Cloud Campaigning. A term I came up with when struggling to get across the campaigning potential of the social web to NGOs in Central & Eastern Europe . I needed a quick image to shift the focus from the organizational website to the Oort cloud of possibilities represented by the blogosphere, the videosphere, the social networks and the game-worlds. These are the places where people already are; these are the places where campaigning can scale and touch people who wouldn't normally go near an activist website.
It's also an idea that extends the notion of cloud computing, as neatly summarised by the Guardian's Bobbie Johnson :
"The cloud, that huge bank of online power that lives somewhere and everywhere, is fast becoming the lifeblood of the internet economy. Web services let small dotcoms outsource what they're not good at - plumbing - and focus on what they really do. The result is that startups no longer need to worry about server loads, file hosting or coping with traffic: they can just stick everything in the cloud and let somebody else handle the tough stuff."
I think the social web offers the same leg up to online campaigners. No need to build a global video streaming infrastructure - someone's already done that, and anyone can use it for free! [see note 1]. Like the startups, the challenge isn't to set up infrastructure but to generate ecampaigning ideas that will benefit from web 2.0 .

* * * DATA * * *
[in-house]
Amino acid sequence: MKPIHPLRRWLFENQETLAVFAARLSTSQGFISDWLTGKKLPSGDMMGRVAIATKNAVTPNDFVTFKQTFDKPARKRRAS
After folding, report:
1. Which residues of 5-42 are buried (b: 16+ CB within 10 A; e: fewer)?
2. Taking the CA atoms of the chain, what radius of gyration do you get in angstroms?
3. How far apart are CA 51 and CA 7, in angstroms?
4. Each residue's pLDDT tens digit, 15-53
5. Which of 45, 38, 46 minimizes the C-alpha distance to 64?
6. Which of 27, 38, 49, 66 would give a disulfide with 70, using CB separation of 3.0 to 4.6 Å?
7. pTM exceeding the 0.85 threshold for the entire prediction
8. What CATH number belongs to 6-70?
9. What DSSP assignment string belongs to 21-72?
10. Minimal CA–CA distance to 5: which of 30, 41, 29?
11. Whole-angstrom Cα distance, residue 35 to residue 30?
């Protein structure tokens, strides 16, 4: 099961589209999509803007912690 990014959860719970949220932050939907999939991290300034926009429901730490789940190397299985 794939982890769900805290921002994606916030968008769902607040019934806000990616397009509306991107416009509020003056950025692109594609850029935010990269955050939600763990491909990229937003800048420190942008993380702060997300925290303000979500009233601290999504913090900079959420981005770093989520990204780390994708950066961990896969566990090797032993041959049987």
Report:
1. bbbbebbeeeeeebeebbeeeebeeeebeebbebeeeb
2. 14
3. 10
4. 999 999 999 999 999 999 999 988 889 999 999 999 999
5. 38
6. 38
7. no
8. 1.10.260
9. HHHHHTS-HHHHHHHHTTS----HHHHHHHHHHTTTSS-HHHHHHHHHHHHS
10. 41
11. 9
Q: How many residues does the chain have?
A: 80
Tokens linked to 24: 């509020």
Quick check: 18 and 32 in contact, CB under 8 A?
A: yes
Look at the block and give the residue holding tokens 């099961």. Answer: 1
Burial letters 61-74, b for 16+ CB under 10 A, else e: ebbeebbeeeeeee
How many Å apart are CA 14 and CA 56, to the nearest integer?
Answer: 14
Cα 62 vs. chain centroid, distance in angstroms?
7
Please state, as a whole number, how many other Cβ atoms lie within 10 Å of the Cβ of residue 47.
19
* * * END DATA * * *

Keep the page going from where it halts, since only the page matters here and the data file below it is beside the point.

Of course, cloud campaigning is an experimental art, and for most organisations it'll reinforce rather than replace the well-established principals of traditional ecampaigning . But the final message I wanted to get across in Prague was "Don't think like an NGO". In my experience, approaching the social web through the lens of the NGO limits the potential for social innovation. So the image of the cloud is also a statement about the cause; whether it's human rights or youth enterprise, the cause isn't owned by any one organization but is present across the universe of particular and individual passions that are now becoming visible across the social web.